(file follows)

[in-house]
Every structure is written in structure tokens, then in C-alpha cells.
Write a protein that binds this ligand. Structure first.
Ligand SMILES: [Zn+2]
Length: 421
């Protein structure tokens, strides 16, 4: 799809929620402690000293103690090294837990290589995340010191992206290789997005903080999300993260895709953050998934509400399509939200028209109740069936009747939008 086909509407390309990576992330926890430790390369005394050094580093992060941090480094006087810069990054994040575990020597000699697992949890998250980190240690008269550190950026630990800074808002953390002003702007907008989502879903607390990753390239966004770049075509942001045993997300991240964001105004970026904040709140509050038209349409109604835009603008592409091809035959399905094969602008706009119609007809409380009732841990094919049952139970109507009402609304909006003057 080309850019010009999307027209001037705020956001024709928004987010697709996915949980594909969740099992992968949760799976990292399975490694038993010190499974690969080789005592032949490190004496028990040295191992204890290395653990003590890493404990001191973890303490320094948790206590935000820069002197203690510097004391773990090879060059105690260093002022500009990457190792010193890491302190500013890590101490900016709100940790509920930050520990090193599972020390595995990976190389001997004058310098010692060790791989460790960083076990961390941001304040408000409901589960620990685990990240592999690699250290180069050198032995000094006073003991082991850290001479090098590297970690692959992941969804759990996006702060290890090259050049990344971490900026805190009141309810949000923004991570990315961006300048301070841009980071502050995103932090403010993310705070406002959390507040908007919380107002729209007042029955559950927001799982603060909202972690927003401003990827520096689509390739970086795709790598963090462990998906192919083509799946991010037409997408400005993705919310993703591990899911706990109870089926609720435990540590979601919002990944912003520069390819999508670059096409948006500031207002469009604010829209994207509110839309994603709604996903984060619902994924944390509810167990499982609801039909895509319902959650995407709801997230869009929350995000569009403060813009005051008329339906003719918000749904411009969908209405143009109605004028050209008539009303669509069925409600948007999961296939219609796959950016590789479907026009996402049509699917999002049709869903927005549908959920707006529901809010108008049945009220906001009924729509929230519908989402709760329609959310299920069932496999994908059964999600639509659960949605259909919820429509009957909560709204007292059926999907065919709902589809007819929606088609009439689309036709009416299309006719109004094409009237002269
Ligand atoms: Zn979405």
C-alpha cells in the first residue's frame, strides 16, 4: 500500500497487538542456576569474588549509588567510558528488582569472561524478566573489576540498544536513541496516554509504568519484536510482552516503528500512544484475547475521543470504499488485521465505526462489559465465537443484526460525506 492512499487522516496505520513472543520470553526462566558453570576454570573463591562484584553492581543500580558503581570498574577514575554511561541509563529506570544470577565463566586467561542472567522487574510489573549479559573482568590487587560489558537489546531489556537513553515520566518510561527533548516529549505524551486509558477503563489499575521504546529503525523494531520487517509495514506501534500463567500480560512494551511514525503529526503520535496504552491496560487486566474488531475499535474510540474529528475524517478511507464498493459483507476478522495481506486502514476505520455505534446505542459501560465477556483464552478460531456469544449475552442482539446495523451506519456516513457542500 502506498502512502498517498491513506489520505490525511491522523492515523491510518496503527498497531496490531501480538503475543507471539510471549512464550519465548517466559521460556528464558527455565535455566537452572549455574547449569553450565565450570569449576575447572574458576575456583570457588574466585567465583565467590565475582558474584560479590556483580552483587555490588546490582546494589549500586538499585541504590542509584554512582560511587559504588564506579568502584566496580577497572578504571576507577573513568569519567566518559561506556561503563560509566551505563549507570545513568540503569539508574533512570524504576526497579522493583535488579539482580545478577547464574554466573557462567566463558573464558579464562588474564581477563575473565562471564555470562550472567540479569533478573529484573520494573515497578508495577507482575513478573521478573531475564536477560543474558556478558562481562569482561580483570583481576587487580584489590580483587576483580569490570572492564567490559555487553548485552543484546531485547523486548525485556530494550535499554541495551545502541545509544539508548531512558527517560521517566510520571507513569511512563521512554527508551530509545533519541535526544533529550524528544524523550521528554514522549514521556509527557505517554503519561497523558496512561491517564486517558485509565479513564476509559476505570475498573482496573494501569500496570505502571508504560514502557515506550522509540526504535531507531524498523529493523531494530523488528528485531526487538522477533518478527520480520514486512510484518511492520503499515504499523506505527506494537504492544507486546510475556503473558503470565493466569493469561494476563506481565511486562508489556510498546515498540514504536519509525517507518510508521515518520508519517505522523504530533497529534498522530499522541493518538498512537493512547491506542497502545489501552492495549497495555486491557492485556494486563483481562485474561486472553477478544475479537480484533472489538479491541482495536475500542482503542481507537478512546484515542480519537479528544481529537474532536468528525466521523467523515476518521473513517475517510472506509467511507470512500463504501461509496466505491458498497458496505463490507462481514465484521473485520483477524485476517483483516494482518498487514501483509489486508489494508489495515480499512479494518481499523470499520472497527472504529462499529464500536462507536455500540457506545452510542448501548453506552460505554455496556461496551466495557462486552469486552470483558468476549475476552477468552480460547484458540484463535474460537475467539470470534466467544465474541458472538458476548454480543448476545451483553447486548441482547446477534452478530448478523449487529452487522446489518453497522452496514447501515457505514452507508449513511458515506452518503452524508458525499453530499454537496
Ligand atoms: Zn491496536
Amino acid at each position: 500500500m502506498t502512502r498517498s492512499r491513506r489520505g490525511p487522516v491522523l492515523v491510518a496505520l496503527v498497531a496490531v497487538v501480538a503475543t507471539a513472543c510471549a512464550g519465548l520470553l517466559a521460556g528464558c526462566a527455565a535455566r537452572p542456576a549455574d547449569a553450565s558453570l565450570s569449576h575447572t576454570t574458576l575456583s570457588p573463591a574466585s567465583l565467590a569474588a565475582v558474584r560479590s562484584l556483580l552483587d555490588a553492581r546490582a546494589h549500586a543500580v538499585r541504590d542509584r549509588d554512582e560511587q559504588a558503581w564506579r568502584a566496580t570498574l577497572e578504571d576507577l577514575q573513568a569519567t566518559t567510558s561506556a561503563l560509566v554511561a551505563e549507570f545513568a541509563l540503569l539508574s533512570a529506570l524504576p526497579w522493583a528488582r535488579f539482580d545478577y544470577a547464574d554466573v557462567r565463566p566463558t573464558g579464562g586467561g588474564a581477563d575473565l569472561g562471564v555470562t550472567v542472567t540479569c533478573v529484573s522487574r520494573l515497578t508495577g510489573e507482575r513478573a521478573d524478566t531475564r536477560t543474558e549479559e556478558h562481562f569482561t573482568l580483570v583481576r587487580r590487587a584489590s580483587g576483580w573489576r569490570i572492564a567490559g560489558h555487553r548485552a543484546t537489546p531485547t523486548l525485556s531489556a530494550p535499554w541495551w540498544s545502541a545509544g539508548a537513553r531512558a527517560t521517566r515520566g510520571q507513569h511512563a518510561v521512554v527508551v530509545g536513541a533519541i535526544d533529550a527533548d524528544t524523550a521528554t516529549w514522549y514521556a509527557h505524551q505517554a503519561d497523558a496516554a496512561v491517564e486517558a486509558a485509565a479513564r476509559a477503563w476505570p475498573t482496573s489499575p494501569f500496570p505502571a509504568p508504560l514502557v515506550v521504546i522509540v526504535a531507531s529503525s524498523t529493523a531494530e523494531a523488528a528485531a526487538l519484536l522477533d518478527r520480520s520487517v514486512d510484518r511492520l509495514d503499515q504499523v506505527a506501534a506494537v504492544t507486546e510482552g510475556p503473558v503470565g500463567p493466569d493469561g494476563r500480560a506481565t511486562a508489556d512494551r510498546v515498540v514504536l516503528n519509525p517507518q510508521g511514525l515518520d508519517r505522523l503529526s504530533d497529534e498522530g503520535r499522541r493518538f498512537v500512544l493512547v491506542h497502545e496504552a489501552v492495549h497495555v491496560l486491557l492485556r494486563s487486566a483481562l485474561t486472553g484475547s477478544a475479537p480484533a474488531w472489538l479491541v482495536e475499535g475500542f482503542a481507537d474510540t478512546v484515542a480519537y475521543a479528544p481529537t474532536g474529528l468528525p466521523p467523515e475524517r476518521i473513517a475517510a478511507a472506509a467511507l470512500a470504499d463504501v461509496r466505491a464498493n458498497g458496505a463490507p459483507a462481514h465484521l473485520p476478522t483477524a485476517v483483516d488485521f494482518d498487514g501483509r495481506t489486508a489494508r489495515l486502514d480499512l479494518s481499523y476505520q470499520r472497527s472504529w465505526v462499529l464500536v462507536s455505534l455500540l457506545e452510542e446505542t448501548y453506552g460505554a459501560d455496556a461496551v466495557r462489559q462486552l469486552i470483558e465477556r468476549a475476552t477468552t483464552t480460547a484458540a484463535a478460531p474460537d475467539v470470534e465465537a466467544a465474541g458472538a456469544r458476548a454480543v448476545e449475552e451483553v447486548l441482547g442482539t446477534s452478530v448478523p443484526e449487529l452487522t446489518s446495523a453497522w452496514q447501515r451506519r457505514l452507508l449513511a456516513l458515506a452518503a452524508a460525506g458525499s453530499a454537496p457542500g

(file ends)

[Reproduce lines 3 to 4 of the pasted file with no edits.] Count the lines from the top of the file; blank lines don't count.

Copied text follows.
Write a protein that binds this ligand. Structure first.
Ligand SMILES: [Zn+2]